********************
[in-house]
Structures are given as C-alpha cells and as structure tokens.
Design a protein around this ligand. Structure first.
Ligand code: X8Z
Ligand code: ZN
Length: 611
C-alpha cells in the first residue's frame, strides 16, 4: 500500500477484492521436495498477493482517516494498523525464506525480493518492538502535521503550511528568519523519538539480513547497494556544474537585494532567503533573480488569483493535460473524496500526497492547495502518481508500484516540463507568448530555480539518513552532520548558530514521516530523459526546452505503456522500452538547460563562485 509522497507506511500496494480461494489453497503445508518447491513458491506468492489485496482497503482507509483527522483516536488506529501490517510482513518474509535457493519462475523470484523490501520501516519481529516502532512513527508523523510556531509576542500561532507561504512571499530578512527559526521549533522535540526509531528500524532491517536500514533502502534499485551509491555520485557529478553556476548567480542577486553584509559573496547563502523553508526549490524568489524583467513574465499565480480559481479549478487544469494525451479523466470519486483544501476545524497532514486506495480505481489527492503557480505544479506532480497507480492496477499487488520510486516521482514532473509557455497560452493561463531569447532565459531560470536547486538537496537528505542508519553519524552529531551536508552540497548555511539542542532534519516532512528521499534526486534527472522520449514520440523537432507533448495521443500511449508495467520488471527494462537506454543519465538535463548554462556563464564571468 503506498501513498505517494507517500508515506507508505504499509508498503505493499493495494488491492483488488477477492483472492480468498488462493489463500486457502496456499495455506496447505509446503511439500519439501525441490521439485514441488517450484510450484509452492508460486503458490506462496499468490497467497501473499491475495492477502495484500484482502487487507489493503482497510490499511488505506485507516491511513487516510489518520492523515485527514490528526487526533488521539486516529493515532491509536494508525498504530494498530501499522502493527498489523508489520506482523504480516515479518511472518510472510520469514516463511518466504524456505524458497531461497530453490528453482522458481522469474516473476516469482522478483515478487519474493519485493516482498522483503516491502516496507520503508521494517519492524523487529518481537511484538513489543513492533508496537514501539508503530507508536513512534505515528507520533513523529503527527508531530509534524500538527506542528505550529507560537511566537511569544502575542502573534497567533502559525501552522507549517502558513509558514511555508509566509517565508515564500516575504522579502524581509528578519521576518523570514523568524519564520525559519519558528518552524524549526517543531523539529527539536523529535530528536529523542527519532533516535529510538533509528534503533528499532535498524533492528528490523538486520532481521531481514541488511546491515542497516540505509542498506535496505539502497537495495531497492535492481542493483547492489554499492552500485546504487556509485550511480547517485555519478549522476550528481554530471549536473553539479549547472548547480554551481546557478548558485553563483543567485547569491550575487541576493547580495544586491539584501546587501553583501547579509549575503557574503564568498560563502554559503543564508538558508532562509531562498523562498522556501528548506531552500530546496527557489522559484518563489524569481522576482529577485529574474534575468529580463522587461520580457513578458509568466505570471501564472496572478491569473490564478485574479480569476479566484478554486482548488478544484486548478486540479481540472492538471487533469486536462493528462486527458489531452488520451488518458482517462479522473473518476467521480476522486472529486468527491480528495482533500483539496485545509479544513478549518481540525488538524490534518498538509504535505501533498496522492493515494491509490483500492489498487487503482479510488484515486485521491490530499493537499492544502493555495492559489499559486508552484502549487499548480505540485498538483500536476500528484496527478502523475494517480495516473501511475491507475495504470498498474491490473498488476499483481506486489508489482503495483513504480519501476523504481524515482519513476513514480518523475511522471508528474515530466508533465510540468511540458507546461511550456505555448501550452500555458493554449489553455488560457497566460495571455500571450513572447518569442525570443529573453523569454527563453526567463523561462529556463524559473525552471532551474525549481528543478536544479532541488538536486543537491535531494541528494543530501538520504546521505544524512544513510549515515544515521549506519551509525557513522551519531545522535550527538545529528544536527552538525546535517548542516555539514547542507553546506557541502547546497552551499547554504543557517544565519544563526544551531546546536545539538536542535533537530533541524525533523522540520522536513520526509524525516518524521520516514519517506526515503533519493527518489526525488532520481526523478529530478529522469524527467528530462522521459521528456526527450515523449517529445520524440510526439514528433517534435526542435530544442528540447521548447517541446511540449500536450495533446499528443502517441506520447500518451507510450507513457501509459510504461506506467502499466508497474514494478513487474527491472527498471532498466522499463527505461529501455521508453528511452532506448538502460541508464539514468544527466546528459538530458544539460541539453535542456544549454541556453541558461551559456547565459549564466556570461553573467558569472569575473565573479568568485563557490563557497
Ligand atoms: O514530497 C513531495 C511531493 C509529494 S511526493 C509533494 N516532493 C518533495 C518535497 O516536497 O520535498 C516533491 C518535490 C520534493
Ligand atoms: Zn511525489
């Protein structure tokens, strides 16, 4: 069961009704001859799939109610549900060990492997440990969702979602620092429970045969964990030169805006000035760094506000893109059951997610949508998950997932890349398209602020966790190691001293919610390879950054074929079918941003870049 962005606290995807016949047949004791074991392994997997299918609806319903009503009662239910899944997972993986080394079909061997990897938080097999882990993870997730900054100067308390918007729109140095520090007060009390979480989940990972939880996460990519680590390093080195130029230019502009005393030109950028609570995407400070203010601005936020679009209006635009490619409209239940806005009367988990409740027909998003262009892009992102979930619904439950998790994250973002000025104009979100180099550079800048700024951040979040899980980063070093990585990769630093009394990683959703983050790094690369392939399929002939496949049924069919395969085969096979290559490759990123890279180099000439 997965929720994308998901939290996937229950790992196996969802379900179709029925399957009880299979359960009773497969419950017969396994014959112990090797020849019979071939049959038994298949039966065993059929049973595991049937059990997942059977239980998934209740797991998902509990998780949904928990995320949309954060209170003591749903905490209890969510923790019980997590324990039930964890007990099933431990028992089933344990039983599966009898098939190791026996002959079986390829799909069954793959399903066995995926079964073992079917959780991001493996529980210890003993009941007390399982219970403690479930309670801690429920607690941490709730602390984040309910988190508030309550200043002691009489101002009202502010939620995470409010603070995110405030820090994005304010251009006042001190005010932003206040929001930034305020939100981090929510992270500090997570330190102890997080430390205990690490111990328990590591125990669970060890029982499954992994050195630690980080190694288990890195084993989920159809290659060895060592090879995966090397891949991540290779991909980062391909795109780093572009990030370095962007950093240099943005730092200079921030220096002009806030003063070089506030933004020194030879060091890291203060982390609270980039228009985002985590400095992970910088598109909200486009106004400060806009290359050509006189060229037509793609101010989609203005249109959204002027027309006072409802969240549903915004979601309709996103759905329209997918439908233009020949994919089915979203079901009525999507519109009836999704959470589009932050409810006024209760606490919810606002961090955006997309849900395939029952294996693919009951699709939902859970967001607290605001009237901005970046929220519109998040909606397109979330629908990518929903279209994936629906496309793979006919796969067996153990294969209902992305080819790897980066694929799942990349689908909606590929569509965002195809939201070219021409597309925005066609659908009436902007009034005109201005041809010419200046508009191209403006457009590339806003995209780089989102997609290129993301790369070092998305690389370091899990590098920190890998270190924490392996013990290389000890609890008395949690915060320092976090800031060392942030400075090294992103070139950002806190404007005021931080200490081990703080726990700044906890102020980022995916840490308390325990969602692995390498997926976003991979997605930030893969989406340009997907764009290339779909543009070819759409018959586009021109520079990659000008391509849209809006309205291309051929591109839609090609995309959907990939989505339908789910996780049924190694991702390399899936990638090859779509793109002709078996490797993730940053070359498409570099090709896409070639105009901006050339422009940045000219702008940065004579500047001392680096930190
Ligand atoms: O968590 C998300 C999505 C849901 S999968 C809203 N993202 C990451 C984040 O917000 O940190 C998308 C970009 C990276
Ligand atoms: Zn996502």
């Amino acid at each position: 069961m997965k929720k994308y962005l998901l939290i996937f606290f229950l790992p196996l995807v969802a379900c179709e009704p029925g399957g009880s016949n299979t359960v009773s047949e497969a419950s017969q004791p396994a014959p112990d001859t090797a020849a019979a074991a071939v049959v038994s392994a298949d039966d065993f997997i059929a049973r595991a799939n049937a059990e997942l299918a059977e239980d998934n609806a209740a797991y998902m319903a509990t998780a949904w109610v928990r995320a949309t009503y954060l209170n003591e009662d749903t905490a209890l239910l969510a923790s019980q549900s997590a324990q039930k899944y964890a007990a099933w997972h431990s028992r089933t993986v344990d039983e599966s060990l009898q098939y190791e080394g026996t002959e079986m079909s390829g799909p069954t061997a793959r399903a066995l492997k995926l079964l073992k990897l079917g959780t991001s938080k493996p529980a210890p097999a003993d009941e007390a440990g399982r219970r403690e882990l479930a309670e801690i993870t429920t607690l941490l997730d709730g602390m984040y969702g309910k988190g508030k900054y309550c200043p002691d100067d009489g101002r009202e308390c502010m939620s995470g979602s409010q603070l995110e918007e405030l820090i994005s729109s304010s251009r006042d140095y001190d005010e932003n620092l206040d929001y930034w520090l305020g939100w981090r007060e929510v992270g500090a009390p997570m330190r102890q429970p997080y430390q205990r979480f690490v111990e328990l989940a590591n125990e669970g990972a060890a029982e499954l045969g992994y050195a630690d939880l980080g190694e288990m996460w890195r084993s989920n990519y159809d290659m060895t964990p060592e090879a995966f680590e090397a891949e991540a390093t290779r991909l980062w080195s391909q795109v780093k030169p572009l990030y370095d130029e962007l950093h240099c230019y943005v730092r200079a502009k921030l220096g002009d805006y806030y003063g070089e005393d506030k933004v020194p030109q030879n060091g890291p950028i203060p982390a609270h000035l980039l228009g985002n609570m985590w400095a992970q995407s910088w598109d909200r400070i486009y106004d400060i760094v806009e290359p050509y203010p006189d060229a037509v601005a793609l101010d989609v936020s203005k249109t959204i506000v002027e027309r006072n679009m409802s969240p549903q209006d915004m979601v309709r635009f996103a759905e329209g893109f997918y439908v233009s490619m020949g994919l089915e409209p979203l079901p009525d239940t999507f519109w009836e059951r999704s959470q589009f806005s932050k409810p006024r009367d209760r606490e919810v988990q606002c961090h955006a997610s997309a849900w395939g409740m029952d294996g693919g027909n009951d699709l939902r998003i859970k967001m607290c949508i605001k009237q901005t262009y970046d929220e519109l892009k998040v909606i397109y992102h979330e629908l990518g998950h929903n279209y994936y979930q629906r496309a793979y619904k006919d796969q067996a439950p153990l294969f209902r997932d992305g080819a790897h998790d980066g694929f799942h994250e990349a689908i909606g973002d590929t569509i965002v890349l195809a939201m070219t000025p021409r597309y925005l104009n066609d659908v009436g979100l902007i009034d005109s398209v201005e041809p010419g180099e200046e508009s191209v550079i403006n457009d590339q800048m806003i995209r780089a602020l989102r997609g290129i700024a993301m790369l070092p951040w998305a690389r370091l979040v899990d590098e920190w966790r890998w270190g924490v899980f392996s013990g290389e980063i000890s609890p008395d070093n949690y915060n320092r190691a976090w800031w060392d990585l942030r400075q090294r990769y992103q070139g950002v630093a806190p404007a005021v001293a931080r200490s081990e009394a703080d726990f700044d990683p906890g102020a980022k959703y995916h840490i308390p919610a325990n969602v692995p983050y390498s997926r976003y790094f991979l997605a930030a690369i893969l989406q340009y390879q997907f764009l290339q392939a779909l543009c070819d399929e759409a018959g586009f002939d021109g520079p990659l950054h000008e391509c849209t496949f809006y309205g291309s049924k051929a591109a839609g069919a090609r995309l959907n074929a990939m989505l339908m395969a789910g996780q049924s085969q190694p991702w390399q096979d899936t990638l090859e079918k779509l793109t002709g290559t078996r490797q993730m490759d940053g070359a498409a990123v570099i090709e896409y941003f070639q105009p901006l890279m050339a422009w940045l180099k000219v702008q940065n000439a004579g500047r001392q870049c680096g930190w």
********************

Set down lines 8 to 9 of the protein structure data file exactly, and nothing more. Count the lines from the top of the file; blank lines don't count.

Ligand atoms: O514530497 C513531495 C511531493 C509529494 S511526493 C509533494 N516532493 C518533495 C518535497 O516536497 O520535498 C516533491 C518535490 C520534493
Ligand atoms: Zn511525489